Interesting that most of the films I’ve seen here in Cannes so far don’t do much answering of life’s big questions; it is as if these filmmakers prefer to leave things open-ended. This in start contrast to the Hollywood studio system where stories must have a neatly wrapped-up plot, preferably a happy ending, and where no big question is left unanswered.

Habemus Papam seems more interested in exploring the idea of personal choice than in relinquishing the power of the individual because it is pre-ordained. Even though the Cardinals all vote on the Pope, it is still sold as something God decided. The newly chosen Pope waits for God to speak to him but he never hears that voice. He’s left to fend for himself and he doesn’t feel up to the job. So he flees.

While he‚Äôs away, the millions of people who look to the Pope for leadership are lost. First they speculate he might be dead. Then the church has someone stand in his residence and pretend to be him just so that the people don’t feel confused and abandoned.

The Pope wanders the streets of Rome in search of life‚Äôs meaning, and if he can‚Äôt find life‚Äôs meaning, he‚Äôll settle for some sort of reason to believe — to believe in himself, to believe in life. Moretti wisely juxtaposes the church with a theatrical production and a sports game – two scenarios that are created by and executed by people. Somehow these three notions of team-playing are connected. And yet, by the end, the Pope still cannot seem to find his way.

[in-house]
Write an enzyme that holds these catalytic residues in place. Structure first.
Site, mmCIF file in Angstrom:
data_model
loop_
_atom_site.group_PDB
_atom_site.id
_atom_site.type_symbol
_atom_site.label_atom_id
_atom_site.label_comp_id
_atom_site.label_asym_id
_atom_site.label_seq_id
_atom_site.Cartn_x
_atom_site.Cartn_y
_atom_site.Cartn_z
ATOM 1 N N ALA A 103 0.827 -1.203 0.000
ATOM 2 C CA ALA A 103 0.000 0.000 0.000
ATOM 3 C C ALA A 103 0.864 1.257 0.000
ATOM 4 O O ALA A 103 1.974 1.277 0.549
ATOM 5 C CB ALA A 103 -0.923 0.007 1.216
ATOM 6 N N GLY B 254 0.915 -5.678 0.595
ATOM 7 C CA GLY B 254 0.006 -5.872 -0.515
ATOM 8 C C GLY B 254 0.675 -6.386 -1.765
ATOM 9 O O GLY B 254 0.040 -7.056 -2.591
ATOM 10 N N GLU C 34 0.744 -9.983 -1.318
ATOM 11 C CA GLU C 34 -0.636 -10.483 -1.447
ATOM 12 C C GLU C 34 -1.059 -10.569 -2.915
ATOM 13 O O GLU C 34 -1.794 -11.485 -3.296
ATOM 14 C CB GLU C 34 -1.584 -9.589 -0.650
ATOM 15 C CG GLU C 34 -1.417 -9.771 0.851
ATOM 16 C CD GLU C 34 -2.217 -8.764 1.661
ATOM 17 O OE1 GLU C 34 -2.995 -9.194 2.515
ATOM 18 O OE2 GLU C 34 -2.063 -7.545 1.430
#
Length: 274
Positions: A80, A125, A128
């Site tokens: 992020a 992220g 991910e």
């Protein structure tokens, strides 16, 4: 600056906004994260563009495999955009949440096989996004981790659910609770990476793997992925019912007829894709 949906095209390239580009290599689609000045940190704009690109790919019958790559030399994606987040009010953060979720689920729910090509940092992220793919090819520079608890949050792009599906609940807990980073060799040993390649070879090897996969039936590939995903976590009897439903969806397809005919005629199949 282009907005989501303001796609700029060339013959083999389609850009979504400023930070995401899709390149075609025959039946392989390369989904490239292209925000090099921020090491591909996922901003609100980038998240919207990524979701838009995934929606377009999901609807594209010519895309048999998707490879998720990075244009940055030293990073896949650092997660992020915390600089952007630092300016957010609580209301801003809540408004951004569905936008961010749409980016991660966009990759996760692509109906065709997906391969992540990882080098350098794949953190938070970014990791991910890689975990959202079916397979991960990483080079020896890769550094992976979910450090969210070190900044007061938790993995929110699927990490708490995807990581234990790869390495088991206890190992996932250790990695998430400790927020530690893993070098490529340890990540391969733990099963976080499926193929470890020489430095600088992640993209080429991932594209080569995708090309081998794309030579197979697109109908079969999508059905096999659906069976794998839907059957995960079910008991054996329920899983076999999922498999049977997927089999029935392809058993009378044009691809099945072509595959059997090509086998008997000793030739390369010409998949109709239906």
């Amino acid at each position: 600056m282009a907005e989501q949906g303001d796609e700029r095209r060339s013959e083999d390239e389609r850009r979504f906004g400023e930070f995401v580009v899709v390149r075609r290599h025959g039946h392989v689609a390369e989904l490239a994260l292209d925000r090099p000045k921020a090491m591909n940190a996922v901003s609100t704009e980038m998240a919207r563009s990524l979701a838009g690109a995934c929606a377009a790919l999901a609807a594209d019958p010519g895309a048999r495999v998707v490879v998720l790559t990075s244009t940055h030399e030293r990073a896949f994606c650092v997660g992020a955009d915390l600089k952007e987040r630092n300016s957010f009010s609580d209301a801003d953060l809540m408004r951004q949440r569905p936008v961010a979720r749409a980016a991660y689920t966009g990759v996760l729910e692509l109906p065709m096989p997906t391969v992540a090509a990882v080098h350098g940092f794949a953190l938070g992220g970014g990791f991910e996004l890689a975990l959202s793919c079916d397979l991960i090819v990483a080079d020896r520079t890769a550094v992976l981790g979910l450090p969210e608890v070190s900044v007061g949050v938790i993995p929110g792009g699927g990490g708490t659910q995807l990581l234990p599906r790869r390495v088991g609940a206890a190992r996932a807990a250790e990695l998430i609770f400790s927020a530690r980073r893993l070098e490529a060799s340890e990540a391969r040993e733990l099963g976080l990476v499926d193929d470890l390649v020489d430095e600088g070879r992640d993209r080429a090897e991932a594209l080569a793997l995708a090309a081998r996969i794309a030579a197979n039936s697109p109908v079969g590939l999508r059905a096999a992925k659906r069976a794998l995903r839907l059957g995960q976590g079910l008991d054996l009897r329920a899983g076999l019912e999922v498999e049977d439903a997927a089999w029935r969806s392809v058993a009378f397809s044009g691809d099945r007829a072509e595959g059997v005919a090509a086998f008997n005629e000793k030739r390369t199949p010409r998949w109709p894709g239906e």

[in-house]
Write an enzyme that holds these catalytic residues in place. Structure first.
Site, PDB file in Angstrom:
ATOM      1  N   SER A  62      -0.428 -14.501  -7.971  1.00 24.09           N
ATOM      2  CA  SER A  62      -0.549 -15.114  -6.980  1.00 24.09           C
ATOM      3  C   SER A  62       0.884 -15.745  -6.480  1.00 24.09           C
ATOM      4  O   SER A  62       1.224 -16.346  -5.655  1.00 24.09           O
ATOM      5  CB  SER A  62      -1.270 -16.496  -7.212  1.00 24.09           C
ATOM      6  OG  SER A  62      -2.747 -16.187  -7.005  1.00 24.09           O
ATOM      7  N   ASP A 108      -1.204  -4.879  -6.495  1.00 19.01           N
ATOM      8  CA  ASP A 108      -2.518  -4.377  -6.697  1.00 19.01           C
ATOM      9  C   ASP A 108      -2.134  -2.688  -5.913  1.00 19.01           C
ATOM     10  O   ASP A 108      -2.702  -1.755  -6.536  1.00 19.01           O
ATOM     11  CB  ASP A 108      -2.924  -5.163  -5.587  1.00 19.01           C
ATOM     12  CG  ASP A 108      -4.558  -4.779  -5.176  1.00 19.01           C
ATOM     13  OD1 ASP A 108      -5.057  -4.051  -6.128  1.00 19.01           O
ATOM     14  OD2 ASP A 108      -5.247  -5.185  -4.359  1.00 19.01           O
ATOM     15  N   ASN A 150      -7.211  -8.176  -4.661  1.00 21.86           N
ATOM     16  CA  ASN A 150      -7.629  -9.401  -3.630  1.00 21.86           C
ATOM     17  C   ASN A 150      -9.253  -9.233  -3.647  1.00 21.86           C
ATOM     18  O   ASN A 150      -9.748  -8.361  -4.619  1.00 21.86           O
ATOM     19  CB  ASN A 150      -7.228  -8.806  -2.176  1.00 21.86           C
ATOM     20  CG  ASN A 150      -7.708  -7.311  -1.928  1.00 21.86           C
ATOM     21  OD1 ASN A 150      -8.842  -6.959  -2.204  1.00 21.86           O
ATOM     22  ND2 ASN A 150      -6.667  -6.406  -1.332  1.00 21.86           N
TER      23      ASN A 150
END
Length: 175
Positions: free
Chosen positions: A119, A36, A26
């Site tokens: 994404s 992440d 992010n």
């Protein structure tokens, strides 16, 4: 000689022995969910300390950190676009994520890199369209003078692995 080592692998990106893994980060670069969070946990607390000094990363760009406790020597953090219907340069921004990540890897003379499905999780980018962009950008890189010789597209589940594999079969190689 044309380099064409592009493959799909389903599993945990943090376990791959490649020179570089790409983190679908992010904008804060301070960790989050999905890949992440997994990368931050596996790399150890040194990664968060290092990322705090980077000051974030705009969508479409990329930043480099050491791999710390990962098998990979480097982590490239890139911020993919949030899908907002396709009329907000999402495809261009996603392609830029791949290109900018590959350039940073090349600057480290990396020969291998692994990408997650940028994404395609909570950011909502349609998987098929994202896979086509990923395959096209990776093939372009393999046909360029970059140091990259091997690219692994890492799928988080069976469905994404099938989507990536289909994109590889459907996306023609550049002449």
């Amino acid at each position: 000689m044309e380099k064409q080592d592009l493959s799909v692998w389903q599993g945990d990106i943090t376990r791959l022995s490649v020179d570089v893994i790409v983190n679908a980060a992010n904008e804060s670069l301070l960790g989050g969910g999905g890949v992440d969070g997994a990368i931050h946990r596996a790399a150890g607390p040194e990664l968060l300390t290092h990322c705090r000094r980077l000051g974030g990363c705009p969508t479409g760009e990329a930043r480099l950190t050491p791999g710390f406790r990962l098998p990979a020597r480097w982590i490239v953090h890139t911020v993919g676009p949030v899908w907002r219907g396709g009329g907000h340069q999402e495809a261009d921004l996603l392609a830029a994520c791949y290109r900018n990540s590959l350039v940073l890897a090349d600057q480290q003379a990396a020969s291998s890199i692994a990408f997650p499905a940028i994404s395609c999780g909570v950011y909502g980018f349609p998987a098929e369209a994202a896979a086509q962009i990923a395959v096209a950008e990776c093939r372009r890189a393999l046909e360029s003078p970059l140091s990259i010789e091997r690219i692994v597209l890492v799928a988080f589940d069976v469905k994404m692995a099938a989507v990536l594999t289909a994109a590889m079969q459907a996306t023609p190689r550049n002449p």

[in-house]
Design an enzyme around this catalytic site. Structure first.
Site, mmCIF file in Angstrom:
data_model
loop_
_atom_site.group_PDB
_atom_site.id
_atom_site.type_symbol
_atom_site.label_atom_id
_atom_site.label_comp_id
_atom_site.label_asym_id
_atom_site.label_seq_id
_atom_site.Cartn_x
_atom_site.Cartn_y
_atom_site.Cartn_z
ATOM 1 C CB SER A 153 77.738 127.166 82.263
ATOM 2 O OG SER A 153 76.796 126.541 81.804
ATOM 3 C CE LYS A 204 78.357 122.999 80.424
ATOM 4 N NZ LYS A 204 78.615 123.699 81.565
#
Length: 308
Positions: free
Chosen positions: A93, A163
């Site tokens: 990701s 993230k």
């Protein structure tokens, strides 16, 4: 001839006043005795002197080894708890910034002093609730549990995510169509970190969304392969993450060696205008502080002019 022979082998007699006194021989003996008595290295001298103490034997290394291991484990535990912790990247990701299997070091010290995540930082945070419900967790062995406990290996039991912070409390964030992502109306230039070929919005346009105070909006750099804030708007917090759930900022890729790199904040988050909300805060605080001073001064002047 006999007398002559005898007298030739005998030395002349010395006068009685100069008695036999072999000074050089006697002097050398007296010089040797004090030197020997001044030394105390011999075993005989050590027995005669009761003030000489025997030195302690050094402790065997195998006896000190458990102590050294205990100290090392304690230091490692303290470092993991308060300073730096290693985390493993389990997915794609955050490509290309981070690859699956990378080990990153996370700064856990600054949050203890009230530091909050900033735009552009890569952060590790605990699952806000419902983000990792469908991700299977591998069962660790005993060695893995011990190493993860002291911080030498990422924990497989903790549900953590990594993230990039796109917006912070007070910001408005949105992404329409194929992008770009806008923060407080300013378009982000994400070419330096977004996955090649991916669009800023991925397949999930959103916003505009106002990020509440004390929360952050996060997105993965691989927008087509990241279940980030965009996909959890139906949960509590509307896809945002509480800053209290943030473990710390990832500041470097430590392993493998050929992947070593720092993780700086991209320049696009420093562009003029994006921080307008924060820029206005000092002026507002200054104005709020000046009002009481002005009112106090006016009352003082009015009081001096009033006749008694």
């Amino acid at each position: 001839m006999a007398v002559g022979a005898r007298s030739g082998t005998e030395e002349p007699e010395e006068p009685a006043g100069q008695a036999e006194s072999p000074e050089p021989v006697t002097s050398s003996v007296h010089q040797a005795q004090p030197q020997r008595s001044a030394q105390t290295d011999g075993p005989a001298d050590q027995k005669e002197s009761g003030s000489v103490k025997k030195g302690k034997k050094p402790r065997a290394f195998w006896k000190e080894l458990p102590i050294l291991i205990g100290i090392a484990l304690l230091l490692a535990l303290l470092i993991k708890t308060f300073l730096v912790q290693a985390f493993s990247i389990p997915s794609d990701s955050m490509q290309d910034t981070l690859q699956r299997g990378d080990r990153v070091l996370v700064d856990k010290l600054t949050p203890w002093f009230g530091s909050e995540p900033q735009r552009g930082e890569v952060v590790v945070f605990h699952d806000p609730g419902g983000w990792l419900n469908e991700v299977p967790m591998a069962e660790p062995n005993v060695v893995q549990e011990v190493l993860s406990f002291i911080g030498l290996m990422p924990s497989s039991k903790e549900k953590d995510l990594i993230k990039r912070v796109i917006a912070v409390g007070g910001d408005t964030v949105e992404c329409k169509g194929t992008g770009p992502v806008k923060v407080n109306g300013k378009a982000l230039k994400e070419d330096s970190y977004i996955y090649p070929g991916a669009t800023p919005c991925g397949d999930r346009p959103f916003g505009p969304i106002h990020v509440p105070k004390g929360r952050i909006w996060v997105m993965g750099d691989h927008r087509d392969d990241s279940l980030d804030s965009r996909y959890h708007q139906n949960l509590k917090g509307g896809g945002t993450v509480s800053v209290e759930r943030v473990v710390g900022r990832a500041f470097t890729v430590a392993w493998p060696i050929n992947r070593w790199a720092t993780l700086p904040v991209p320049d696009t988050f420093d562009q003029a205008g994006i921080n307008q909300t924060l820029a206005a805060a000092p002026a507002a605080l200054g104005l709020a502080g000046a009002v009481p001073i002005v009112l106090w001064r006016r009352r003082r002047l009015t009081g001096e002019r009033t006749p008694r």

Habemus Papam sort of hovers in the middle of its ideas: it doesn’t really want to take a hard stand and yet it can’t quite surrender itself to this notion of the church, God and all of that power. Resentment for the Vatican sneaks in often and one gets the sense that there is much more Moretti really wants to say but can’t, given the power of the church in Italy today.

While it might make for a slightly unsatisfying sit, it’s still one of the better films shown in competition here at Cannes.